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Date of Separation in Divorce
The date of separation for divorce cases is the day there is a complete and final break in your marriage, both as expressed to the spouse and in conduct.
Family Code 70
(a) “Date of separation” means the date that a complete and final break in the marital relationship has occurred, as evidenced by both of the following:
(1) The spouse has expressed to the other spouse the intent to end the marriage.
(2) The conduct of the spouse is consistent with the intent to end the marriage.
Figuring out your date of separation
Have you expressed to your spouse your intent to end the marriage? Did you have a talk?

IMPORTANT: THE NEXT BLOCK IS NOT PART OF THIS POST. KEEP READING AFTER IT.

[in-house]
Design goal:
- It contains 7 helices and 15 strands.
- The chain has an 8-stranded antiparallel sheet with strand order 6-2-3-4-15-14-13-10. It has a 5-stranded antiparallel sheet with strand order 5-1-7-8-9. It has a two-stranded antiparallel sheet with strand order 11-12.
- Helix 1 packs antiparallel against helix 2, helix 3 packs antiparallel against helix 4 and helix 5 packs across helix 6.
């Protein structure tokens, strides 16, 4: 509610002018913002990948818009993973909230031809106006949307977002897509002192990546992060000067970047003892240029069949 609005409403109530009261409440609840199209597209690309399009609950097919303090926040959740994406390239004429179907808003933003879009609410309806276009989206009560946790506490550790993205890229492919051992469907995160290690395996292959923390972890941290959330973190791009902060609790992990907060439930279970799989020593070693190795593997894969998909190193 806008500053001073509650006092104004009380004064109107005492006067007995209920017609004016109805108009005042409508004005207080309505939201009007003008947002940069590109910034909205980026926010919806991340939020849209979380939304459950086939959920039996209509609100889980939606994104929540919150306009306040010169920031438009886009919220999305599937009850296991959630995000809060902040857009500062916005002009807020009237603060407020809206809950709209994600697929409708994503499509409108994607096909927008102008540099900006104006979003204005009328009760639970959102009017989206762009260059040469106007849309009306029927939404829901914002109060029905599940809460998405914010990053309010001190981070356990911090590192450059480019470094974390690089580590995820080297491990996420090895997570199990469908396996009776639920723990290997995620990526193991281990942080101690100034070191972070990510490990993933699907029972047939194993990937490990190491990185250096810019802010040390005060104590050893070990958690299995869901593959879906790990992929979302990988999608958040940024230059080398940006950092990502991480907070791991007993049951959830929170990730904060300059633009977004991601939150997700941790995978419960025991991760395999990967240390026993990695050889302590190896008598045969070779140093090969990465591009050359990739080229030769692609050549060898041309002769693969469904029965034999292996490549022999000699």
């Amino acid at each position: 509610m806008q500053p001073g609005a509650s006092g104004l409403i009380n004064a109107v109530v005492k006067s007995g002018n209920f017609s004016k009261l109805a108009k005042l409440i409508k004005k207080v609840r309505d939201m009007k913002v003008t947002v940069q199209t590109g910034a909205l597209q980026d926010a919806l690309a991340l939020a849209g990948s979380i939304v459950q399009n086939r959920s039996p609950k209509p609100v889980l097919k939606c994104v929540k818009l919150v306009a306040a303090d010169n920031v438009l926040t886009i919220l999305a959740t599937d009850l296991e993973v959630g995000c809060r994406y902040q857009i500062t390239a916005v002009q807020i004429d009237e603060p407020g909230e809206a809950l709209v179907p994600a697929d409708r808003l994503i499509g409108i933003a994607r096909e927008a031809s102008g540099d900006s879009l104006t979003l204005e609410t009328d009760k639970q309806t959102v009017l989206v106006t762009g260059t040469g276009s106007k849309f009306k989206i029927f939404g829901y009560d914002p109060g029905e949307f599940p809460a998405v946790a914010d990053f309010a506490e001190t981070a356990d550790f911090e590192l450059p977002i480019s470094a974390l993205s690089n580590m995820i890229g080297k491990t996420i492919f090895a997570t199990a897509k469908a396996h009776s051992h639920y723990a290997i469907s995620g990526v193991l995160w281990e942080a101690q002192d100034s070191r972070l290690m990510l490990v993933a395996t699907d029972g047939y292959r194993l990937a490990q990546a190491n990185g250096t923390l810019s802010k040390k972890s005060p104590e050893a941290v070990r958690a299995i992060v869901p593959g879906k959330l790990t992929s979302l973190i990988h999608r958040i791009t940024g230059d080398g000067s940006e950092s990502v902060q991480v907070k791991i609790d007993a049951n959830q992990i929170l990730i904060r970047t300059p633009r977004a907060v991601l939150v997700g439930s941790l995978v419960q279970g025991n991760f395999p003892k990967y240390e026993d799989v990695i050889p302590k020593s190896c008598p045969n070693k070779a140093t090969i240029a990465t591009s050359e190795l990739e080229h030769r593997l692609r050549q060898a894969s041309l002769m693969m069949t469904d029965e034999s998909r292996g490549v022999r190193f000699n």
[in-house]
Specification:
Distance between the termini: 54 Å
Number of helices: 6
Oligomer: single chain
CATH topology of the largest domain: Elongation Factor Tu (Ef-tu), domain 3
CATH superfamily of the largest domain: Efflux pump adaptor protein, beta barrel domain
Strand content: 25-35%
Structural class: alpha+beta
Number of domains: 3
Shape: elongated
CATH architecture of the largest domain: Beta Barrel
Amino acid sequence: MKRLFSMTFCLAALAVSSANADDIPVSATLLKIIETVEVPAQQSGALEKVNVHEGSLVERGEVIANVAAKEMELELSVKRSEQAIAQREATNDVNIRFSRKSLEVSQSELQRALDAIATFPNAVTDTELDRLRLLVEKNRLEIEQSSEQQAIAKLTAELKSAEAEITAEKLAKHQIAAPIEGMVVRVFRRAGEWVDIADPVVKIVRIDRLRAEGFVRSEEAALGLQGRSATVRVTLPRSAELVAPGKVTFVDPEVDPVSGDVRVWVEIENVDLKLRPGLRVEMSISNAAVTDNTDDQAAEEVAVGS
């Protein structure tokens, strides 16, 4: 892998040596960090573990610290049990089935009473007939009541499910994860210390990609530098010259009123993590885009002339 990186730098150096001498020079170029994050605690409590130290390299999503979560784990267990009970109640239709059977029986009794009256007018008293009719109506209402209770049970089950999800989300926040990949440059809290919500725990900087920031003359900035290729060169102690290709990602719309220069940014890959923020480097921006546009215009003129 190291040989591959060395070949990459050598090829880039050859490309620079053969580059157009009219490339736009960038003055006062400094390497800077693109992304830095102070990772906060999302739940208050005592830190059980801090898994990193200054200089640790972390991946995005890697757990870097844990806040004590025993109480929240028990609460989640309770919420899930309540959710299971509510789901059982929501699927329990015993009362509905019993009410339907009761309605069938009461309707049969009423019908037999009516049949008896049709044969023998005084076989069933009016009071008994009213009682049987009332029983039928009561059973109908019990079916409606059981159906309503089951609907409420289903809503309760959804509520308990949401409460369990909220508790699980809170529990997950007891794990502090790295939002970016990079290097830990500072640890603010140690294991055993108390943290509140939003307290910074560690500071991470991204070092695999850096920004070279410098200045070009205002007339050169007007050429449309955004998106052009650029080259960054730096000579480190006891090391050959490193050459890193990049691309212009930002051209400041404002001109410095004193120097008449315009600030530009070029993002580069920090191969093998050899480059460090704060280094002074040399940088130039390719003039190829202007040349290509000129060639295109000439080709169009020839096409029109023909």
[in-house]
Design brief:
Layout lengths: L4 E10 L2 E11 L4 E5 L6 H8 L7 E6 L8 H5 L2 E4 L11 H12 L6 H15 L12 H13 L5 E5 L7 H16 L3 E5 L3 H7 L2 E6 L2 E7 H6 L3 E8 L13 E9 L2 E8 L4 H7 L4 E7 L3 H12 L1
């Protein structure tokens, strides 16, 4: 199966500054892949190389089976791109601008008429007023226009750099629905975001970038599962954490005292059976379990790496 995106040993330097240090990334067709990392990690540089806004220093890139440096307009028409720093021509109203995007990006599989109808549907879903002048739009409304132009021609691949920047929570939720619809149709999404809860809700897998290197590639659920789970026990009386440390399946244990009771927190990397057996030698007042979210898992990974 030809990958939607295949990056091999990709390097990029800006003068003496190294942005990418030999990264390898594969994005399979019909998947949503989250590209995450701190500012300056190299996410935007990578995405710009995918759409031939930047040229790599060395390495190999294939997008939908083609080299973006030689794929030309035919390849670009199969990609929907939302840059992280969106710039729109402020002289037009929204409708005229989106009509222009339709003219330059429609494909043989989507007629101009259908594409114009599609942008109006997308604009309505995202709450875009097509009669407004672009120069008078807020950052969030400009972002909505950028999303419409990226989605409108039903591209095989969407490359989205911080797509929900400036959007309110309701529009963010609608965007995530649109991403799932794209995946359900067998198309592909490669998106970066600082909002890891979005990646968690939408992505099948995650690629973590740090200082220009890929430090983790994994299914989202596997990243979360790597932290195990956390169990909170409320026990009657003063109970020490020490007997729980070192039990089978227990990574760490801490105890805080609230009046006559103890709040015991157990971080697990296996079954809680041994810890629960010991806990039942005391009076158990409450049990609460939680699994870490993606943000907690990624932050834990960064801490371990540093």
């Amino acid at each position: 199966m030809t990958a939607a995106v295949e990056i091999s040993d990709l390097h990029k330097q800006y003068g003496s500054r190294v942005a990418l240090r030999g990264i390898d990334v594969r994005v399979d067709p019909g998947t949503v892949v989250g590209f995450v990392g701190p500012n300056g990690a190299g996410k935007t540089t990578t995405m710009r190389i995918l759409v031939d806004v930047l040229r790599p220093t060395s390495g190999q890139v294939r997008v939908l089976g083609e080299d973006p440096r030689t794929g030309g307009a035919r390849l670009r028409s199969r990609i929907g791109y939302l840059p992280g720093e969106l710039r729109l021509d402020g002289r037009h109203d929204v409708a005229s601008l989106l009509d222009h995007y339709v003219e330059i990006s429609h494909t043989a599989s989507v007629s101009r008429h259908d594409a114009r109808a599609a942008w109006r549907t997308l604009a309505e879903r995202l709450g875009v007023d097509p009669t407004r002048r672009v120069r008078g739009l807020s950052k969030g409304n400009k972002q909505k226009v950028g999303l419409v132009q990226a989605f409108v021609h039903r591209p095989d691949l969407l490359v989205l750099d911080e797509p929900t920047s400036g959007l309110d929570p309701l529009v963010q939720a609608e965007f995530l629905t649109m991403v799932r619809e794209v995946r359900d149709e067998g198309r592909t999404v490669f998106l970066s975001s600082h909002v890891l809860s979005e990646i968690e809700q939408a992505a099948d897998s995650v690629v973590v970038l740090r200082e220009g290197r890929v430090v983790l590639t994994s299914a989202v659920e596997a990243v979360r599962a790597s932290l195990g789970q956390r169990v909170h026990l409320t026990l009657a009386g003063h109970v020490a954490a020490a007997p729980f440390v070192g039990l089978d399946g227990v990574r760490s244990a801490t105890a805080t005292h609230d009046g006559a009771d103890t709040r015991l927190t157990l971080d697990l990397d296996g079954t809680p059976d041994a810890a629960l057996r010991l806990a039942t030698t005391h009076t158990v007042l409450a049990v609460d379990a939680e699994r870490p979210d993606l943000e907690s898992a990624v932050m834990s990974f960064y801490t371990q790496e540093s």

Do you have a text, email, letter?
Thereafter, was your conduct consistent? Did you continue to engage in marital relations? Did you move out? Did you quit marriage counseling? (Sometimes marriage counseling means you do NOT have an intent to end the marriage)
Make It Crystal Clear
Moving out is a crystal clear way to show that your conduct is consistent with the communication that the marriage is over.
So is filing and serving divorce papers.
Date of separation impacts several things, like Property Division and Spousal support.
Property Division Issues
Whether something is community or separate depends on your date of separation.
Other than inheritance and gifts (which as always separate, no matter when acquired), separate property is all assets and debts acquired BEFORE the date of marriage, and AFTER the date of separation.
Community property is all assets and debts acquired AFTER the date of marriage and before date of separation. (There are exceptions, though, like student loans).
Date of separation can also impact the length of time spousal support lasts. See Divorce and 10 year Rule.